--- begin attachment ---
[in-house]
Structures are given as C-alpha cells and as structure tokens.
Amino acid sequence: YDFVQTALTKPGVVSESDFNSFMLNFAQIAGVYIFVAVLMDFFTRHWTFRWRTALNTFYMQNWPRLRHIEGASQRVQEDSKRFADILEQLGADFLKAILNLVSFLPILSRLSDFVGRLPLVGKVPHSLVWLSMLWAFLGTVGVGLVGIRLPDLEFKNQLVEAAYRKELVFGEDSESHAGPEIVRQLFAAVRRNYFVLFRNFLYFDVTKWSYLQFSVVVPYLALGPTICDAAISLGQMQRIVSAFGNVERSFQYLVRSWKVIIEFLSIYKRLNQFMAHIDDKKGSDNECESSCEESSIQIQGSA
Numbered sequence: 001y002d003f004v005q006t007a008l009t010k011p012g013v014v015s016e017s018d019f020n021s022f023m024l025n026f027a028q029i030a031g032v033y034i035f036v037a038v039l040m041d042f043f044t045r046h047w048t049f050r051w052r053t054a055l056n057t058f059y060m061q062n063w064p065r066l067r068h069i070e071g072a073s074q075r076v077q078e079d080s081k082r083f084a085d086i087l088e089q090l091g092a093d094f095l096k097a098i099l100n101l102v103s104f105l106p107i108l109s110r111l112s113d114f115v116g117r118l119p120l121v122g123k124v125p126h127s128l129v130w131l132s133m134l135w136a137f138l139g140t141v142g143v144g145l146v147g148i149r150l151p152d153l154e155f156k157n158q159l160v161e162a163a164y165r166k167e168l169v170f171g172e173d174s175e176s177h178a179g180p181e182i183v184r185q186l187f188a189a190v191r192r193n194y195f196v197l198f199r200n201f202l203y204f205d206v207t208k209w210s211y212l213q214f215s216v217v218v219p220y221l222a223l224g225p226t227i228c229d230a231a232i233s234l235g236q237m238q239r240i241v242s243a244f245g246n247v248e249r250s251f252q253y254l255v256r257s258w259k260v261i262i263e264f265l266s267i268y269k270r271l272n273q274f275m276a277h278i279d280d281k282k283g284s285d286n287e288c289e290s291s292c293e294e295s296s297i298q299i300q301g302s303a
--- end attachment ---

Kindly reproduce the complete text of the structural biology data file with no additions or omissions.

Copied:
[in-house]
Structures are given as C-alpha cells and as structure tokens.
Amino acid sequence: YDFVQTALTKPGVVSESDFNSFMLNFAQIAGVYIFVAVLMDFFTRHWTFRWRTALNTFYMQNWPRLRHIEGASQRVQEDSKRFADILEQLGADFLKAILNLVSFLPILSRLSDFVGRLPLVGKVPHSLVWLSMLWAFLGTVGVGLVGIRLPDLEFKNQLVEAAYRKELVFGEDSESHAGPEIVRQLFAAVRRNYFVLFRNFLYFDVTKWSYLQFSVVVPYLALGPTICDAAISLGQMQRIVSAFGNVERSFQYLVRSWKVIIEFLSIYKRLNQFMAHIDDKKGSDNECESSCEESSIQIQGSA
Numbered sequence: 001y002d003f004v005q006t007a008l009t010k011p012g013v014v015s016e017s018d019f020n021s022f023m024l025n026f027a028q029i030a031g032v033y034i035f036v037a038v039l040m041d042f043f044t045r046h047w048t049f050r051w052r053t054a055l056n057t058f059y060m061q062n063w064p065r066l067r068h069i070e071g072a073s074q075r076v077q078e079d080s081k082r083f084a085d086i087l088e089q090l091g092a093d094f095l096k097a098i099l100n101l102v103s104f105l106p107i108l109s110r111l112s113d114f115v116g117r118l119p120l121v122g123k124v125p126h127s128l129v130w131l132s133m134l135w136a137f138l139g140t141v142g143v144g145l146v147g148i149r150l151p152d153l154e155f156k157n158q159l160v161e162a163a164y165r166k167e168l169v170f171g172e173d174s175e176s177h178a179g180p181e182i183v184r185q186l187f188a189a190v191r192r193n194y195f196v197l198f199r200n201f202l203y204f205d206v207t208k209w210s211y212l213q214f215s216v217v218v219p220y221l222a223l224g225p226t227i228c229d230a231a232i233s234l235g236q237m238q239r240i241v242s243a244f245g246n247v248e249r250s251f252q253y254l255v256r257s258w259k260v261i262i263e264f265l266s267i268y269k270r271l272n273q274f275m276a277h278i279d280d281k282k283g284s285d286n287e288c289e290s291s292c293e294e295s296s297i298q299i300q301g302s303a